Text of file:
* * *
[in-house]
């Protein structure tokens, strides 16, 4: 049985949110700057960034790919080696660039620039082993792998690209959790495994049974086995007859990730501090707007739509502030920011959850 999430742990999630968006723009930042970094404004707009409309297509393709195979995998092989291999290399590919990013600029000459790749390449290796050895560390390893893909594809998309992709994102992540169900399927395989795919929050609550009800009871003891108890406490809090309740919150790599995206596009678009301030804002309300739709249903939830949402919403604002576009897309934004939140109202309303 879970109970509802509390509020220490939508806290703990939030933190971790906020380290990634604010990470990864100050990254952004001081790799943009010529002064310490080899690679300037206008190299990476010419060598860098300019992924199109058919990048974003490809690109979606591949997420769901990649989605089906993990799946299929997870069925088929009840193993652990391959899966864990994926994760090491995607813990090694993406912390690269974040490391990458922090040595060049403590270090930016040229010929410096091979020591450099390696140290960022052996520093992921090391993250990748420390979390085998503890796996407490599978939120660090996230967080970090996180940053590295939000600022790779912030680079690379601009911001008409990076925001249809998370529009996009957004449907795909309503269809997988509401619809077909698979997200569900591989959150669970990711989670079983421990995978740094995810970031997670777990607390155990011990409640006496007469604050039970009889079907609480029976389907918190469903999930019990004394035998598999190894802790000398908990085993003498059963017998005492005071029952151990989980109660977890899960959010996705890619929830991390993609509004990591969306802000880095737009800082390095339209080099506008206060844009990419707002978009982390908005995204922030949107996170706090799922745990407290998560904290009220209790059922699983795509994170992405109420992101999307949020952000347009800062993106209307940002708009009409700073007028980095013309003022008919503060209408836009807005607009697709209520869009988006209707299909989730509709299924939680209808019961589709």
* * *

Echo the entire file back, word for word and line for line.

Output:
[in-house]
């Protein structure tokens, strides 16, 4: 049985949110700057960034790919080696660039620039082993792998690209959790495994049974086995007859990730501090707007739509502030920011959850 999430742990999630968006723009930042970094404004707009409309297509393709195979995998092989291999290399590919990013600029000459790749390449290796050895560390390893893909594809998309992709994102992540169900399927395989795919929050609550009800009871003891108890406490809090309740919150790599995206596009678009301030804002309300739709249903939830949402919403604002576009897309934004939140109202309303 879970109970509802509390509020220490939508806290703990939030933190971790906020380290990634604010990470990864100050990254952004001081790799943009010529002064310490080899690679300037206008190299990476010419060598860098300019992924199109058919990048974003490809690109979606591949997420769901990649989605089906993990799946299929997870069925088929009840193993652990391959899966864990994926994760090491995607813990090694993406912390690269974040490391990458922090040595060049403590270090930016040229010929410096091979020591450099390696140290960022052996520093992921090391993250990748420390979390085998503890796996407490599978939120660090996230967080970090996180940053590295939000600022790779912030680079690379601009911001008409990076925001249809998370529009996009957004449907795909309503269809997988509401619809077909698979997200569900591989959150669970990711989670079983421990995978740094995810970031997670777990607390155990011990409640006496007469604050039970009889079907609480029976389907918190469903999930019990004394035998598999190894802790000398908990085993003498059963017998005492005071029952151990989980109660977890899960959010996705890619929830991390993609509004990591969306802000880095737009800082390095339209080099506008206060844009990419707002978009982390908005995204922030949107996170706090799922745990407290998560904290009220209790059922699983795509994170992405109420992101999307949020952000347009800062993106209307940002708009009409700073007028980095013309003022008919503060209408836009807005607009697709209520869009988006209707299909989730509709299924939680209808019961589709």